Patients with Parkinson's gradually lose neurons which produce dopamine, the chemical which helps control movement. Scientists have now found out that thinning of the retina which is the nerve cells in the back of the eye is linked with this neuronal loss. They studied 49 individuals who were diagnosed with Parkinson's disease and discovered that thinner the retina, higher is the severity of the disease. This could lead to someday development of simple eye scans which could detect Parkinson's disease at a much earlier stage before the movement problems and then we could implement preventive strategies to prevent progression of the disease.

    Read the full story: American Academy of Neurology
    Scientific publication: Neurology


    First evidence linking DDT and Autism found

    Mind and Brain | Aug 19, 2018 | Kshitij Jadhav

    Exposure to DDT during pregnancy could increase the risk of Autism
    First evidence linking DDT and Autism found - short science news and articles

    Researchers studied more than 1 million pregnancies in Finland and found the first evidence of the link between an insecticide and risk for autism. Blood from mothers taken during the beginning of the pregnancy was analyzed for the metabolite DDE of the insecticide DDT and the investigators found that the chances of the baby suffering from autism with intellectual disability increased by twofold if DDE levels were in the top quartile of the population. Whats more surprising is that this insecticide DDT is banned in Finland. Researchers suspect that DDE inhibits binding of hormone androgen to the receptors which is also seen in rat models of autism.

    Read the full story: Columbia University
    Scientific publication: American Journal of Psychiatry


    Connection between depressive symptoms and poor sleep quality explained by new research

    Mind and Brain | Aug 19, 2018 | Alexandru Ciobanu

    Depressive symptoms and poor sleep are associated with increased brain activity in areas associated with short-term memory, the self, and negative emotions
    Connection between depressive symptoms and poor sleep quality explained by new research - short science news

    New research has identified functional connectivities in the brain that mediate the association between depressive symptoms and poor sleep quality. The researchers examined data from 1,017 participants. They found that both poor sleep quality and depressive symptoms were associated with increased neural connections involving several brain regions: the lateral orbitofrontal cortex, the dorsolateral prefrontal cortex, the cingulate cortex, and the precuneus. This may suggest that “people with poor sleep or depression may focus too much on the negative things and dwell on bad thoughts, which leads to a poor quality of sleep,” said author Jianfeng Feng.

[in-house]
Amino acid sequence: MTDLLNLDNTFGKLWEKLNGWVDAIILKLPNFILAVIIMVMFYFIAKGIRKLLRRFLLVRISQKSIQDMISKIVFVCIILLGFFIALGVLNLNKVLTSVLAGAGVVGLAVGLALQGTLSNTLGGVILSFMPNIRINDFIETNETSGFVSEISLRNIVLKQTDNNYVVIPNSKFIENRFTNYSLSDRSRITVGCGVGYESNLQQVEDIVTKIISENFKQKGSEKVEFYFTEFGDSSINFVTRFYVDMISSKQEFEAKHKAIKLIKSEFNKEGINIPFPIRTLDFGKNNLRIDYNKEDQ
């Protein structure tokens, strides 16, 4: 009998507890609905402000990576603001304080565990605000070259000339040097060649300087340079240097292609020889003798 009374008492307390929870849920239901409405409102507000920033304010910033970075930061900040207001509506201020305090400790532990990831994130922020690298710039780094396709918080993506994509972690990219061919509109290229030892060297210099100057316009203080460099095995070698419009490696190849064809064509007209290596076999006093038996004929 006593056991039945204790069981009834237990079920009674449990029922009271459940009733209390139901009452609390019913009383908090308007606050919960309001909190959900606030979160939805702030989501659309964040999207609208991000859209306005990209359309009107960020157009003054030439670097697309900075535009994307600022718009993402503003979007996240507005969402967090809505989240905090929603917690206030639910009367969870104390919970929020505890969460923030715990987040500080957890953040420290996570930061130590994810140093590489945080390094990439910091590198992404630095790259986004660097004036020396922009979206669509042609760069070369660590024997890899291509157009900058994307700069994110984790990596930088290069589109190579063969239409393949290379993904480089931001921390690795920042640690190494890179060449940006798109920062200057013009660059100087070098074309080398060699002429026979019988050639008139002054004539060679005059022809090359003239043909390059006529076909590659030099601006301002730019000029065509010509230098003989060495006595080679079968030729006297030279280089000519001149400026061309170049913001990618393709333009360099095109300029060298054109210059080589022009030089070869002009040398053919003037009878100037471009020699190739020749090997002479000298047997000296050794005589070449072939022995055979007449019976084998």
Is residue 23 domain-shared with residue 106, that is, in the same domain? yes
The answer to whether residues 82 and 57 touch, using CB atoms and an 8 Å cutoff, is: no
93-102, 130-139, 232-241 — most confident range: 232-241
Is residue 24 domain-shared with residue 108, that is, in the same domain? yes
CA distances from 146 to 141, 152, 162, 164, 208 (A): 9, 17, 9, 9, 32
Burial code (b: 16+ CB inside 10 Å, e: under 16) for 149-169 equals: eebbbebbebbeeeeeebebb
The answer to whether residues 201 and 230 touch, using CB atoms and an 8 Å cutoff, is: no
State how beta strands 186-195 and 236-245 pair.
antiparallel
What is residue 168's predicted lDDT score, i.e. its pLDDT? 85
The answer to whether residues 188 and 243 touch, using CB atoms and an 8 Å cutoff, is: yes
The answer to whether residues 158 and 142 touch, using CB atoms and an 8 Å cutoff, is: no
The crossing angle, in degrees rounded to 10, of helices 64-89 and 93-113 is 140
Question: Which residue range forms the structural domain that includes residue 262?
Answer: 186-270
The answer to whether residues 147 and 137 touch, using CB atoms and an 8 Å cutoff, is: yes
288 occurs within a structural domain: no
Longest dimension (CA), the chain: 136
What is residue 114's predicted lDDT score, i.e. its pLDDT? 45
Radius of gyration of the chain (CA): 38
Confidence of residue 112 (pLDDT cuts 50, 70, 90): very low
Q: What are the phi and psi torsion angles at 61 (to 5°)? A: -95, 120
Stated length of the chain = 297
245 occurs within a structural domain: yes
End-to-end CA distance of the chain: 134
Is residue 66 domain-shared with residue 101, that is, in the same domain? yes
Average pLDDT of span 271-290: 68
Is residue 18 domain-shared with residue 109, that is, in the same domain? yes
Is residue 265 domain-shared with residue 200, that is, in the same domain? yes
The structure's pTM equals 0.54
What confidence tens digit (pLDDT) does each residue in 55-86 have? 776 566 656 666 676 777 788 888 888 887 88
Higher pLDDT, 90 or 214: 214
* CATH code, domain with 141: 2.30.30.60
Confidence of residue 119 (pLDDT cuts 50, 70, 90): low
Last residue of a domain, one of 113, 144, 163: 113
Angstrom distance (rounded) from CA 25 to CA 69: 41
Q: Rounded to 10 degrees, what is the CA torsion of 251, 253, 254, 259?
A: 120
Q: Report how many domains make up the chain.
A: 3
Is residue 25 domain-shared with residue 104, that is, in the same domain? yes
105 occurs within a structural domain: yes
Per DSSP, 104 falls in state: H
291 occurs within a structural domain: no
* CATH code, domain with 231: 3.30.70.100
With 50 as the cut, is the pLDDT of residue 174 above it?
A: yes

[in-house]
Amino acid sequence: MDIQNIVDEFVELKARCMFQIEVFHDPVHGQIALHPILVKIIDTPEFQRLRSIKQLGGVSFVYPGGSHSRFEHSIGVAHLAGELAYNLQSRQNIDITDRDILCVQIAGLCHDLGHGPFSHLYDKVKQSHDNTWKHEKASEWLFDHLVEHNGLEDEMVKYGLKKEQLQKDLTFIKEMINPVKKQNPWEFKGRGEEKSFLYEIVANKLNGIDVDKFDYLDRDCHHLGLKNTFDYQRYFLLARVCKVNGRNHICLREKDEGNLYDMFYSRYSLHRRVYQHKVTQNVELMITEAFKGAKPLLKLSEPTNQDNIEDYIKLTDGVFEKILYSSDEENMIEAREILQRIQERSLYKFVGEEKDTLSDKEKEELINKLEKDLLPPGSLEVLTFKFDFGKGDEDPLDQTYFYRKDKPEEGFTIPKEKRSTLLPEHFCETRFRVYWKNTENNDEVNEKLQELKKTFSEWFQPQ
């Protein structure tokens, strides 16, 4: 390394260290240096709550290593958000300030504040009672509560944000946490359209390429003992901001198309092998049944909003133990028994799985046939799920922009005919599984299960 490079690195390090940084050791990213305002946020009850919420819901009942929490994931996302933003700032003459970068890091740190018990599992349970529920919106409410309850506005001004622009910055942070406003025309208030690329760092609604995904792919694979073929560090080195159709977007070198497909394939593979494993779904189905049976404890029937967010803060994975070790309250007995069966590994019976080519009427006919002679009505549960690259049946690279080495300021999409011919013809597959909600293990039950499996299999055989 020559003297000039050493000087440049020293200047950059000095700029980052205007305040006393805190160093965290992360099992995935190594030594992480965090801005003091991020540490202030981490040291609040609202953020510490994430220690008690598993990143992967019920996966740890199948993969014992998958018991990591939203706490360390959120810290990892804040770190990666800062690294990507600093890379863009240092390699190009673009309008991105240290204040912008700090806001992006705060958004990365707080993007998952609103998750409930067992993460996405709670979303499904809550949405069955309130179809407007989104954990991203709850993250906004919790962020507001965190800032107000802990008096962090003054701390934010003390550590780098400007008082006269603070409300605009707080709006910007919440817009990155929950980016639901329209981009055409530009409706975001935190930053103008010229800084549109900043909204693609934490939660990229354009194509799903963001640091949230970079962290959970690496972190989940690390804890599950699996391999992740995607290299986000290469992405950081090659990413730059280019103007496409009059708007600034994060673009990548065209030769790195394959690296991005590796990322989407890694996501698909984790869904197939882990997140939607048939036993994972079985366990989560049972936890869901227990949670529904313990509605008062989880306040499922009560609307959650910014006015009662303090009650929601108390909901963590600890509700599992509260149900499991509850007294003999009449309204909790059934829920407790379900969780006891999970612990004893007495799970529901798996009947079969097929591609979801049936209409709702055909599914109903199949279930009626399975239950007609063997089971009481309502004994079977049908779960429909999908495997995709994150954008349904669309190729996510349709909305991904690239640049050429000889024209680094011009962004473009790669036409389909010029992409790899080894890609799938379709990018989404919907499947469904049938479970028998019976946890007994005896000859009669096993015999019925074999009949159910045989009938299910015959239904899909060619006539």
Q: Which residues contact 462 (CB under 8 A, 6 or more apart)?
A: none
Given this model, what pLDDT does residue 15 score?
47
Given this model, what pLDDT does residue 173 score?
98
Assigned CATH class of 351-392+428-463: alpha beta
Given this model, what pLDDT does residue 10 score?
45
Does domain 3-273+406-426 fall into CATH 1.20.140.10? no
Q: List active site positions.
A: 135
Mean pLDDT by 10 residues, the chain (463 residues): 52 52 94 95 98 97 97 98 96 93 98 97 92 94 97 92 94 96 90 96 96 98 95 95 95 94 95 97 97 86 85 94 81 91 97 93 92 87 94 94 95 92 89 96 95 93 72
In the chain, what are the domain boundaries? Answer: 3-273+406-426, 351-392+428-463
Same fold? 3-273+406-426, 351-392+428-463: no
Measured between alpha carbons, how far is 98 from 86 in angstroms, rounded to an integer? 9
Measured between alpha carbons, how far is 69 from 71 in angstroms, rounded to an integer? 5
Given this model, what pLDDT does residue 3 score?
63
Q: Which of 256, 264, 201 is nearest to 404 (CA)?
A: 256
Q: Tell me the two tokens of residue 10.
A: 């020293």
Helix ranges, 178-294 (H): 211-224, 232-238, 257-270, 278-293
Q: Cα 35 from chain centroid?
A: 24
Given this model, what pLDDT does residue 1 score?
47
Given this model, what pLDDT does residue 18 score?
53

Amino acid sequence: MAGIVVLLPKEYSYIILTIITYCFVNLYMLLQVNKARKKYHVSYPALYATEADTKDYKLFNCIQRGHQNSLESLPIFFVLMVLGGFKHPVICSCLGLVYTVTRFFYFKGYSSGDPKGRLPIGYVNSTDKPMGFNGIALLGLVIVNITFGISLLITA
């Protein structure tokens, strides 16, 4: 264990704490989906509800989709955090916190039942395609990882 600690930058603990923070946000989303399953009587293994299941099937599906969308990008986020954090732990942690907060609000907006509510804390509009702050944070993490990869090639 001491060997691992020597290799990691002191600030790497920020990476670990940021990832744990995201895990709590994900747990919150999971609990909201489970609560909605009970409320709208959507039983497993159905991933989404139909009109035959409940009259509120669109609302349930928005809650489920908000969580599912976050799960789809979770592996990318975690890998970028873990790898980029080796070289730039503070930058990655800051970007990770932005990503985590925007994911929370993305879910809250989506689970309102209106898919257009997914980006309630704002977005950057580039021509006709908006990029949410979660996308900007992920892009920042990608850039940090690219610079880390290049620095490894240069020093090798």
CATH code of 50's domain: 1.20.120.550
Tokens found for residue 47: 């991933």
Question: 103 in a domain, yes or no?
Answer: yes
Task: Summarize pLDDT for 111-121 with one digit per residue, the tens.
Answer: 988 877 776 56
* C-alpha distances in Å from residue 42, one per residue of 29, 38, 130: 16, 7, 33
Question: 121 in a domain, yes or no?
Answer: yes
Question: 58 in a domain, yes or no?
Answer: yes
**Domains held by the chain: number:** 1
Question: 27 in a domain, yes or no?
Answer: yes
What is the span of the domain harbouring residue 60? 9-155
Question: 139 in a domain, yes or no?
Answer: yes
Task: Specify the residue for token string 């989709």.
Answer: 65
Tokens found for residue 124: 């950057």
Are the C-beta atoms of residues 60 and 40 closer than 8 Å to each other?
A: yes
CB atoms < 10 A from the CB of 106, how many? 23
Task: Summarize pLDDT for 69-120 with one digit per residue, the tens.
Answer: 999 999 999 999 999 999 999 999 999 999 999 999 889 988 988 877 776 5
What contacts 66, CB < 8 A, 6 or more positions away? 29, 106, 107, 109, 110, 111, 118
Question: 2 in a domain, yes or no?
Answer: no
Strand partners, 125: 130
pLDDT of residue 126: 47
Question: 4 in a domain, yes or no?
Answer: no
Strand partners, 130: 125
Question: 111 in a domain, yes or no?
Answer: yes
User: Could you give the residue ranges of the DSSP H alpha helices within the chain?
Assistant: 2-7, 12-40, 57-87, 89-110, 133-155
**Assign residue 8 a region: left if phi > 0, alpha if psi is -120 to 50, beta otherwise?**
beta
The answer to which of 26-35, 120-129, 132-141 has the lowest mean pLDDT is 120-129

Read the full story: PsyPost
    Scientific publication: JAMA Psychiatry


    Children are susceptible to peer pressure by robots

    Technology | Aug 19, 2018 | Alexandru Ciobanu

    Robots induced peer pressure in children, while adults resisted. Credit: Pixabay
    Children are susceptible to peer pressure by robots - science news

    Peer pressure is a common psychological phenomenon, but now a new study shows that it doesn’t necessarily take a human to induce it. As the research shows, robots can induce peer pressure too. In an experiment, humanoid robots influenced children to make bad decisions. However, adults remained immune to the peer pressure from the robots but were influenced by human peers. According to the paper, this reinforces the idea of humans treating computers and robots as social beings, “attributing human-like qualities to technology.”

    Read the full story: Popular Mechanics
    Scientific publication: Science Robotics